The skull of Britain’s earliest Neanderthal and the oldest wooden spear in the world will go on show at the Natural History Museum next year in an exhibition featuring finds from famous archaeological soils across the country which reveal life in Britain a million years ago.
Dozens of institutions have teamed up for Britain: One Million Years of the Human Story, a survey of the tools and animal bones rife in river deposits and caves. Following 12 years of research, a team of 50 archaeologists, palaeontologists and geologists aim to illustrate how the objects left behind can tell us as much as rare human fossils.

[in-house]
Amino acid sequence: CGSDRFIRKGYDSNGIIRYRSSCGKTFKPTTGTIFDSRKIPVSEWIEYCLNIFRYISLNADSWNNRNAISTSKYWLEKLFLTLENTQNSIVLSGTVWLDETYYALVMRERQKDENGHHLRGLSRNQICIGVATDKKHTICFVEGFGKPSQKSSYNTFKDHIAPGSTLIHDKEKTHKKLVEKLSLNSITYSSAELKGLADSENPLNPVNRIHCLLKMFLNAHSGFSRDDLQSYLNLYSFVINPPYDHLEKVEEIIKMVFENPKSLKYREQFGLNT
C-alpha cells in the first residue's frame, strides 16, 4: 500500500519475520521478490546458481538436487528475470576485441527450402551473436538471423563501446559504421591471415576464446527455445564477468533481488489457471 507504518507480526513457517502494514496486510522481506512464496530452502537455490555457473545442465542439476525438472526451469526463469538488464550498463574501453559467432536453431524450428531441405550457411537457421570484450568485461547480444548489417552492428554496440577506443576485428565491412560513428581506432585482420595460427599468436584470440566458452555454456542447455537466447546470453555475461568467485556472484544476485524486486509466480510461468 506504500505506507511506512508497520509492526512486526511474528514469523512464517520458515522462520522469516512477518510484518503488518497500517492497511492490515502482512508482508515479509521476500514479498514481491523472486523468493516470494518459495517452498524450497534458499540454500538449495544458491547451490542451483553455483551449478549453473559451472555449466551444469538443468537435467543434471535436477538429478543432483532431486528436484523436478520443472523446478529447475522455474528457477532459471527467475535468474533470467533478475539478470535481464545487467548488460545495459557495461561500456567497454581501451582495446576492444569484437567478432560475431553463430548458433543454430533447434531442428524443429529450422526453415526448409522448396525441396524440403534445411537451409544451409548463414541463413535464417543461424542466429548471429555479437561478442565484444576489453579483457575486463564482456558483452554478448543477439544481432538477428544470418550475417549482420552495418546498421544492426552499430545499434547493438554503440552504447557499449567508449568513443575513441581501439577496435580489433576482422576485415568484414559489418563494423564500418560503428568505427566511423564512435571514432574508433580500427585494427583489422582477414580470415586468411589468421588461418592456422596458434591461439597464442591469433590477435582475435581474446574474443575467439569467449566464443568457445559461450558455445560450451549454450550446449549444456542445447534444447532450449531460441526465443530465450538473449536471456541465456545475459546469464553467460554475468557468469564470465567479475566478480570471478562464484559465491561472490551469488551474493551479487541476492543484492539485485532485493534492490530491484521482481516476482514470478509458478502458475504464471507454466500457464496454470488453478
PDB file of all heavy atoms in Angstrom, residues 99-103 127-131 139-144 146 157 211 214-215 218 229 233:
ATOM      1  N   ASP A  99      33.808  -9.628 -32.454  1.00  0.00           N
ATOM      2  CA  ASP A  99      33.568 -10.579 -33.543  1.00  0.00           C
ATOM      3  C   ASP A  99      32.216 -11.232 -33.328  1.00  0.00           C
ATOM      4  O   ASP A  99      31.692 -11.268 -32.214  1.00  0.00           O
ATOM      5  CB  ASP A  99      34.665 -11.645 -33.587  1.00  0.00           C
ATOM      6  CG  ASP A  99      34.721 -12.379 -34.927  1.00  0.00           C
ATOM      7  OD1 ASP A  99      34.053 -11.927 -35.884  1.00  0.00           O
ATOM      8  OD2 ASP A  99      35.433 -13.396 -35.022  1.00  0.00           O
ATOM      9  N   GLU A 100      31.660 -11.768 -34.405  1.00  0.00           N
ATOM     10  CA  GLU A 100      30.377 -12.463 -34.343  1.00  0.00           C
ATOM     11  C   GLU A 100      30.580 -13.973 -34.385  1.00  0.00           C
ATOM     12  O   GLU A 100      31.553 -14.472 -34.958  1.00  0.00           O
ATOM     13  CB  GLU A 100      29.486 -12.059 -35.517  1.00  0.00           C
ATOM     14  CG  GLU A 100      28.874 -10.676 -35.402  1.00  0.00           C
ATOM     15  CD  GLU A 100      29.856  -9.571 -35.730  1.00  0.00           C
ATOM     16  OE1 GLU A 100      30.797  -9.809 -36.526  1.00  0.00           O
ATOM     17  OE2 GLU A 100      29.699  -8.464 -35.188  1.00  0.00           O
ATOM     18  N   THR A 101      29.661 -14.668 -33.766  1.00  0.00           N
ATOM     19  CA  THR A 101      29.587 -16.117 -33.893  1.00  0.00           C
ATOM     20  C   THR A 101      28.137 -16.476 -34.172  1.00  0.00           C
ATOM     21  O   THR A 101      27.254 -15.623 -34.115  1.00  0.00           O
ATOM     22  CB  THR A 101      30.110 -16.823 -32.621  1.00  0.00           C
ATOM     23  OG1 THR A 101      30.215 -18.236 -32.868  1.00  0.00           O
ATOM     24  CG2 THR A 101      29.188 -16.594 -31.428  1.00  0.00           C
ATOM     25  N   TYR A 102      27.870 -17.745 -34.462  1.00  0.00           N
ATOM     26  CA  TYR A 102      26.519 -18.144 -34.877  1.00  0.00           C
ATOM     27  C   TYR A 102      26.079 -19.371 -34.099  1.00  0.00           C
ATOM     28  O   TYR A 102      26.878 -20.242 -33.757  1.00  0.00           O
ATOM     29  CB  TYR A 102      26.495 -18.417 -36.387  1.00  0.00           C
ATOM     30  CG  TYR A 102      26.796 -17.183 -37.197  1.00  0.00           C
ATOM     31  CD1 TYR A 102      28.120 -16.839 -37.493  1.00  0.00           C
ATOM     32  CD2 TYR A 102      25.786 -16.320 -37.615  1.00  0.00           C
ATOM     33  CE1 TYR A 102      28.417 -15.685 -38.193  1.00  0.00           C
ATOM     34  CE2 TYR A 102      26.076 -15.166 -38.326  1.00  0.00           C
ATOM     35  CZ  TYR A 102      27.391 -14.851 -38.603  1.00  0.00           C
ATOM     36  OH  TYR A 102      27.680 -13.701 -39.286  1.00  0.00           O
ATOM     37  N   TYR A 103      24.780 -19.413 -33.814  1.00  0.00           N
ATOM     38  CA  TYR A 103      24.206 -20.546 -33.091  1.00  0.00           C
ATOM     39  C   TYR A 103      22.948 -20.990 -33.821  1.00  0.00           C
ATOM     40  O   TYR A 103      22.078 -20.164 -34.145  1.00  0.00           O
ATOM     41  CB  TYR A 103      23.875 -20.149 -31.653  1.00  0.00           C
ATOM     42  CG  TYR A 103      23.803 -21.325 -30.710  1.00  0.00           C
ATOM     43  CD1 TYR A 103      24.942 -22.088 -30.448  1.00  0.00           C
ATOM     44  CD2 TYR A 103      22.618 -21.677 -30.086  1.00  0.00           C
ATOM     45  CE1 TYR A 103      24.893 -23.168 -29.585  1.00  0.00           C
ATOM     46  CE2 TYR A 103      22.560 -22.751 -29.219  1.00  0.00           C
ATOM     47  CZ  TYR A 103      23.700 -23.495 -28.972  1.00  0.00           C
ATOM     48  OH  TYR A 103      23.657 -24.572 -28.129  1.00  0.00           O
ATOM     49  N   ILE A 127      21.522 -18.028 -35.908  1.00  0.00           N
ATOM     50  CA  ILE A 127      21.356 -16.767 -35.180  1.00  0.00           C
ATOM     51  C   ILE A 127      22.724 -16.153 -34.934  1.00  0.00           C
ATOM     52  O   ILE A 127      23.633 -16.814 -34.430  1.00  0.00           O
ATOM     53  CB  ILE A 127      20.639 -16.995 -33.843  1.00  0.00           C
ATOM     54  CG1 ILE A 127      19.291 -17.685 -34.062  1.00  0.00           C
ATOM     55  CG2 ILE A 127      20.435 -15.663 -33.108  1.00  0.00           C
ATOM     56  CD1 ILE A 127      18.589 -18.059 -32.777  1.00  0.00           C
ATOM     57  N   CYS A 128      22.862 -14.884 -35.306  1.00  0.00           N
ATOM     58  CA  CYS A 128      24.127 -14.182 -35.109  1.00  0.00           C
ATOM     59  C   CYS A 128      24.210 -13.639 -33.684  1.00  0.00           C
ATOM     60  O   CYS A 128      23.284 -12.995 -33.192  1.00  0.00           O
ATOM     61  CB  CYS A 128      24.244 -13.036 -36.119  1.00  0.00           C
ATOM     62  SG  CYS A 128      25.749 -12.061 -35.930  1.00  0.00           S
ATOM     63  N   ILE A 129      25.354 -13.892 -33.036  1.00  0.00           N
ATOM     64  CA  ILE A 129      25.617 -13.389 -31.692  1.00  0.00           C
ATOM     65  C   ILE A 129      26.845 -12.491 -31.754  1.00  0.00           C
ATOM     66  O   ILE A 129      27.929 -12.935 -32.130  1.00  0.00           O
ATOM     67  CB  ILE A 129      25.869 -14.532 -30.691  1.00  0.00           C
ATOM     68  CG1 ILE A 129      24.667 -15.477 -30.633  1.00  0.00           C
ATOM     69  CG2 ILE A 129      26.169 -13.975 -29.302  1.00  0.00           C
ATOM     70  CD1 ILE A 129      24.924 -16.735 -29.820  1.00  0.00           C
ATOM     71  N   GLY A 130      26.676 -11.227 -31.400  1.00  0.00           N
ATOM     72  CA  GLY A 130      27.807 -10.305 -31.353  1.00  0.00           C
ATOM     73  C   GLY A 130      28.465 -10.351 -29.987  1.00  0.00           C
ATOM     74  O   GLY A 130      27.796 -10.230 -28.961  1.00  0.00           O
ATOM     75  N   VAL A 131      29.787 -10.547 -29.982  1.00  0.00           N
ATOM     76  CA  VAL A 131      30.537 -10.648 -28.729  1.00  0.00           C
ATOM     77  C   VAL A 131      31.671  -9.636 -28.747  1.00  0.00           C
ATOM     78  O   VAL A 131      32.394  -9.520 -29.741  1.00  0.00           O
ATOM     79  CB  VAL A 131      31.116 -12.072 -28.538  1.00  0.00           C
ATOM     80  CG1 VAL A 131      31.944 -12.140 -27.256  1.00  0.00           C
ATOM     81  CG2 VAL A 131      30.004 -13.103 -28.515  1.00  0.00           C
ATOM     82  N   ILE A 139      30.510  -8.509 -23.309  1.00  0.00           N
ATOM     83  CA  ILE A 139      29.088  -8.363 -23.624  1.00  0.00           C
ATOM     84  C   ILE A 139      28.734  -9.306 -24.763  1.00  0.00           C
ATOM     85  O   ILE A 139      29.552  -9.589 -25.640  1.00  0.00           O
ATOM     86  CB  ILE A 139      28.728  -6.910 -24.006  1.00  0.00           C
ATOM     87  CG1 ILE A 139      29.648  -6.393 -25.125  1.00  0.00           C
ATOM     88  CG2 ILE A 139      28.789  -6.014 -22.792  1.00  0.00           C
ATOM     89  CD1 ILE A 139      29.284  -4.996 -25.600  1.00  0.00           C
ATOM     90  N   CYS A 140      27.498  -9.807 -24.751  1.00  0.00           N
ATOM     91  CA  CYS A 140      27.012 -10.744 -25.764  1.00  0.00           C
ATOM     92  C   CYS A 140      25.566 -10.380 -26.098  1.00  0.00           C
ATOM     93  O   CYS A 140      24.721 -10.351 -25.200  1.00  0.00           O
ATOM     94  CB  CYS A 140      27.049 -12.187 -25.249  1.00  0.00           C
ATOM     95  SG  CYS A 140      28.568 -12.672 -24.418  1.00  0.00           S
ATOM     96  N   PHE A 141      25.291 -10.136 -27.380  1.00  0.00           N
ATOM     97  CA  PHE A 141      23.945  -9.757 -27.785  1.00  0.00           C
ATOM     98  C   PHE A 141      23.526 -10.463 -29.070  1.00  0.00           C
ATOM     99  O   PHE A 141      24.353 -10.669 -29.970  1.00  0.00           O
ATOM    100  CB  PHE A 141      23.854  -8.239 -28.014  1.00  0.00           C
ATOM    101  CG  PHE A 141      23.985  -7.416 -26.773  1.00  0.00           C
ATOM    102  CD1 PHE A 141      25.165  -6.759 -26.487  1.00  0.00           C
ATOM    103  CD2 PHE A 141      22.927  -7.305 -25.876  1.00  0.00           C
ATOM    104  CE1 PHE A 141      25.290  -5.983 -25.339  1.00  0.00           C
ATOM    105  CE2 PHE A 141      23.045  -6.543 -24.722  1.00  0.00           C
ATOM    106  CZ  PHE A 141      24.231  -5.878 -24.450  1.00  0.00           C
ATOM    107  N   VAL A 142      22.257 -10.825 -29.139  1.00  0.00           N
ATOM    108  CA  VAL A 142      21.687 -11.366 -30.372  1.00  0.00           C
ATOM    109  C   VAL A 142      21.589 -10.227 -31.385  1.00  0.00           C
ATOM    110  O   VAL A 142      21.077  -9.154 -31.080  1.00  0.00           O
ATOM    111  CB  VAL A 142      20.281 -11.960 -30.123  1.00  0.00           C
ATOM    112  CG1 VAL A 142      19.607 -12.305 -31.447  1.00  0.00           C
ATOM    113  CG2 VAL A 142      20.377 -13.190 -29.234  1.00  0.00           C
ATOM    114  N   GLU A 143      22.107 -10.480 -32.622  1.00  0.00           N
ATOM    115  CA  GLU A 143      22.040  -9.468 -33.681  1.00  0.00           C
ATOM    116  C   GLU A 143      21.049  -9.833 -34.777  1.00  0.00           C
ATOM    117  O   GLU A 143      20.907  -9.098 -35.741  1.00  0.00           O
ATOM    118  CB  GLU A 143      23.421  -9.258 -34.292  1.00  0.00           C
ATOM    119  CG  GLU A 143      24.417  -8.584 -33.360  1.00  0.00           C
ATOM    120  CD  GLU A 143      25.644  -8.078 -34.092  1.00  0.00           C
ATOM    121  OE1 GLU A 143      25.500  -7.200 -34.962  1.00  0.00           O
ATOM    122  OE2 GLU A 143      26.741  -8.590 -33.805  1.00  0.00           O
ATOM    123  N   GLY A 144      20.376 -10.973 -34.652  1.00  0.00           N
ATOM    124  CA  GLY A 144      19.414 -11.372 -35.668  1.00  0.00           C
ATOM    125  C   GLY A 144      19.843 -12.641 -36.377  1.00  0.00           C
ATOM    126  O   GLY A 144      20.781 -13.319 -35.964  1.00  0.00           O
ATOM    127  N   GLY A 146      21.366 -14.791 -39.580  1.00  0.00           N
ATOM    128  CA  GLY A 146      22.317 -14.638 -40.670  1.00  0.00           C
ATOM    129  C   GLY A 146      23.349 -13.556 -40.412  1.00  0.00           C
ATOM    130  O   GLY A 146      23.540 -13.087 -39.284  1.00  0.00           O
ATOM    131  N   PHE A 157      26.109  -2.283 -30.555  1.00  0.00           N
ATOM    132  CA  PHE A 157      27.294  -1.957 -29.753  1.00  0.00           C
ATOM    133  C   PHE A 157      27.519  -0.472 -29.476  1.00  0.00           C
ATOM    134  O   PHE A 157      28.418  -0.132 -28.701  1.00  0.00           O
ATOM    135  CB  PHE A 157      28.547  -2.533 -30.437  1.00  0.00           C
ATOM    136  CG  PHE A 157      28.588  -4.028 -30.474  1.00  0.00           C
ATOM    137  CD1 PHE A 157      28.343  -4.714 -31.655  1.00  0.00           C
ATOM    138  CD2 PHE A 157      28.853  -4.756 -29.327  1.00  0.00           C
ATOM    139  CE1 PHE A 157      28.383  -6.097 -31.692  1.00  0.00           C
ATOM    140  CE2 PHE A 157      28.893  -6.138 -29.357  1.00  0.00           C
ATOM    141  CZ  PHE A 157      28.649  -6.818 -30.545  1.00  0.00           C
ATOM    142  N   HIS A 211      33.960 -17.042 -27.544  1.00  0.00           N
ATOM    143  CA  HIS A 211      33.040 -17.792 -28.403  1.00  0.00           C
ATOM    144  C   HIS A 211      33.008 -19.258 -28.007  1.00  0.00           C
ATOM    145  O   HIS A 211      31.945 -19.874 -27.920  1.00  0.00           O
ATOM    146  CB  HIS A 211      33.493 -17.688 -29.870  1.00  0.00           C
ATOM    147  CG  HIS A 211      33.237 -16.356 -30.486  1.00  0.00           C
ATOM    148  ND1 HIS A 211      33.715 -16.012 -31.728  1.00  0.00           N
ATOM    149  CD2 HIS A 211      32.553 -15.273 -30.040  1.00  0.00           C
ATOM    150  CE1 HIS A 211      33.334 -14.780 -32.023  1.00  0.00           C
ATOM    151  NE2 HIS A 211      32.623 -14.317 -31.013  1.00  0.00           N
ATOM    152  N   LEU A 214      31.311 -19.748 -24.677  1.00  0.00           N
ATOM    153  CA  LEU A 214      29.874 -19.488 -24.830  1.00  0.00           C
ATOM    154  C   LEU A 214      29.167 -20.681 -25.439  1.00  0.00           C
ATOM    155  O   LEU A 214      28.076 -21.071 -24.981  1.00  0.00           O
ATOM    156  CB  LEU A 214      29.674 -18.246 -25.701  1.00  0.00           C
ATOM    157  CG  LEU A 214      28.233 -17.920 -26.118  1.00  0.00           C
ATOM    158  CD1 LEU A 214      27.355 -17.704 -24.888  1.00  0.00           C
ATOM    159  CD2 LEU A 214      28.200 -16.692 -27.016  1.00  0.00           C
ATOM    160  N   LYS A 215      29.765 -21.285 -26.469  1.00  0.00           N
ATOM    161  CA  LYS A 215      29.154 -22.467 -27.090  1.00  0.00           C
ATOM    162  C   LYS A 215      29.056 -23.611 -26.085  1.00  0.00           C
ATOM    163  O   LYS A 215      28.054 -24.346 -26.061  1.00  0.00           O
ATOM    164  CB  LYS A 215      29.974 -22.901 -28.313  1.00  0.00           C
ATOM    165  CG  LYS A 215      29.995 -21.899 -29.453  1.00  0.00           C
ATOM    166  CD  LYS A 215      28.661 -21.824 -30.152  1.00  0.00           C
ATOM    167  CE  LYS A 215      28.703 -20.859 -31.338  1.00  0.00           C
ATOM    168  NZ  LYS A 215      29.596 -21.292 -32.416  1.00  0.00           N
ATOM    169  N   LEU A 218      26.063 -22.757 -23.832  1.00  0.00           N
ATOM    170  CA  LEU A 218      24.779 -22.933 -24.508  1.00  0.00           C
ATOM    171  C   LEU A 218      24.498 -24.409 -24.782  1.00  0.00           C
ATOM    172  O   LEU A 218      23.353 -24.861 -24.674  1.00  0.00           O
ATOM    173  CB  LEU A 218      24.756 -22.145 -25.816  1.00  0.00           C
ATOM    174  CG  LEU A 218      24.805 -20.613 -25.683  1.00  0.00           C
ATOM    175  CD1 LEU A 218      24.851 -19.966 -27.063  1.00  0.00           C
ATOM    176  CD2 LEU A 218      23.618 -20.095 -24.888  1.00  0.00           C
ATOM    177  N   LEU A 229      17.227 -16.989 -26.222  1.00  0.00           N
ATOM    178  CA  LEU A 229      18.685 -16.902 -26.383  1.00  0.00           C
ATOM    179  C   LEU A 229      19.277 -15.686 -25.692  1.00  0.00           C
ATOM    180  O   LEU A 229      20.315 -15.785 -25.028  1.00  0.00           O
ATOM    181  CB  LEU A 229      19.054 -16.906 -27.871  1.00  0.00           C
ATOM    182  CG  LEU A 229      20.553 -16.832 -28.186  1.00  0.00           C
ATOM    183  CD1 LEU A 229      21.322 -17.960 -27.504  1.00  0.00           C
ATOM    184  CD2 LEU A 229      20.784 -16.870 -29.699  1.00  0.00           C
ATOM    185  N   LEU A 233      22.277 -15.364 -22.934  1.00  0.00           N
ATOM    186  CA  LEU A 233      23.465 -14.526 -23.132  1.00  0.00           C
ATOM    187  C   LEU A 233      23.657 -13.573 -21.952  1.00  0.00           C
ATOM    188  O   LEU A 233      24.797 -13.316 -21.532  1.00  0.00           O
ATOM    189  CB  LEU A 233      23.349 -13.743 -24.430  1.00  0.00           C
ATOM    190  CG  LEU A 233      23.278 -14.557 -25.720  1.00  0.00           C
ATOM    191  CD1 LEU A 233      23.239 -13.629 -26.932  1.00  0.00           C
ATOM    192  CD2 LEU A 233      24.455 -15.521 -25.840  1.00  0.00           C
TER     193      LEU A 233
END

Rhinos and giant deer are among the species representing the fearsome creatures once chased by early hunters, animated by incisive scientific techniques and life-size models.
Professor Chris Stringer, of the museum, predicted visitors would be “surprised” by the subterranean “hidden histories” lying in wait.
“The story behind the humans who inhabited ancient Britain has taken us more than a decade to piece together,” he said.
“This gives us an exciting glimpse into our past, which also leads us to reflect on our future.”
- Opens February 13 2014.